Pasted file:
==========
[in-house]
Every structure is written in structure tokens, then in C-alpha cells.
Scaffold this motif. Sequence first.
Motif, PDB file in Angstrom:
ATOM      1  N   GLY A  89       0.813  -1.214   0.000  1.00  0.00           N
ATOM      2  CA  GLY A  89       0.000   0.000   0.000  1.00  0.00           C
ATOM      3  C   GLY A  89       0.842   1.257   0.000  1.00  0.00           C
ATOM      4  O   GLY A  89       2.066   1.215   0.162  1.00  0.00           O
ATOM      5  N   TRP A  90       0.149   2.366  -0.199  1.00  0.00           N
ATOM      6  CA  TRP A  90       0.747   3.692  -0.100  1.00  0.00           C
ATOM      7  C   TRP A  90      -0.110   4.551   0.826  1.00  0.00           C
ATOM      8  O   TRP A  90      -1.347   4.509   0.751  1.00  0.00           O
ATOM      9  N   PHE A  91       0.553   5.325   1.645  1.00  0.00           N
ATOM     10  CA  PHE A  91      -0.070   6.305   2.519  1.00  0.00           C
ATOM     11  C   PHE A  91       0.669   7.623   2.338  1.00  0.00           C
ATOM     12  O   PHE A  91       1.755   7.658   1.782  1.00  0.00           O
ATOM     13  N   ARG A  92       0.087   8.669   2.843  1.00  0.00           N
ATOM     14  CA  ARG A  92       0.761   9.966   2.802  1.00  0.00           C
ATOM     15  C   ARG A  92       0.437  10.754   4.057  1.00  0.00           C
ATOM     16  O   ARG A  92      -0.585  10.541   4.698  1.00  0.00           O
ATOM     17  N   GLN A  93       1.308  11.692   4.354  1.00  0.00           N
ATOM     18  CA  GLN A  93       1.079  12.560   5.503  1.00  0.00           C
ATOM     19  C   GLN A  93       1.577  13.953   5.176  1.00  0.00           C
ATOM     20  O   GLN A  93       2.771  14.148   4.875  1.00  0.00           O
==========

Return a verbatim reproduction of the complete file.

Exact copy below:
[in-house]
Every structure is written in structure tokens, then in C-alpha cells.
Scaffold this motif. Sequence first.
Motif, PDB file in Angstrom:
ATOM      1  N   GLY A  89       0.813  -1.214   0.000  1.00  0.00           N
ATOM      2  CA  GLY A  89       0.000   0.000   0.000  1.00  0.00           C
ATOM      3  C   GLY A  89       0.842   1.257   0.000  1.00  0.00           C
ATOM      4  O   GLY A  89       2.066   1.215   0.162  1.00  0.00           O
ATOM      5  N   TRP A  90       0.149   2.366  -0.199  1.00  0.00           N
ATOM      6  CA  TRP A  90       0.747   3.692  -0.100  1.00  0.00           C
ATOM      7  C   TRP A  90      -0.110   4.551   0.826  1.00  0.00           C
ATOM      8  O   TRP A  90      -1.347   4.509   0.751  1.00  0.00           O
ATOM      9  N   PHE A  91       0.553   5.325   1.645  1.00  0.00           N
ATOM     10  CA  PHE A  91      -0.070   6.305   2.519  1.00  0.00           C
ATOM     11  C   PHE A  91       0.669   7.623   2.338  1.00  0.00           C
ATOM     12  O   PHE A  91       1.755   7.658   1.782  1.00  0.00           O
ATOM     13  N   ARG A  92       0.087   8.669   2.843  1.00  0.00           N
ATOM     14  CA  ARG A  92       0.761   9.966   2.802  1.00  0.00           C
ATOM     15  C   ARG A  92       0.437  10.754   4.057  1.00  0.00           C
ATOM     16  O   ARG A  92      -0.585  10.541   4.698  1.00  0.00           O
ATOM     17  N   GLN A  93       1.308  11.692   4.354  1.00  0.00           N
ATOM     18  CA  GLN A  93       1.079  12.560   5.503  1.00  0.00           C
ATOM     19  C   GLN A  93       1.577  13.953   5.176  1.00  0.00           C
ATOM     20  O   GLN A  93       2.771  14.148   4.875  1.00  0.00           O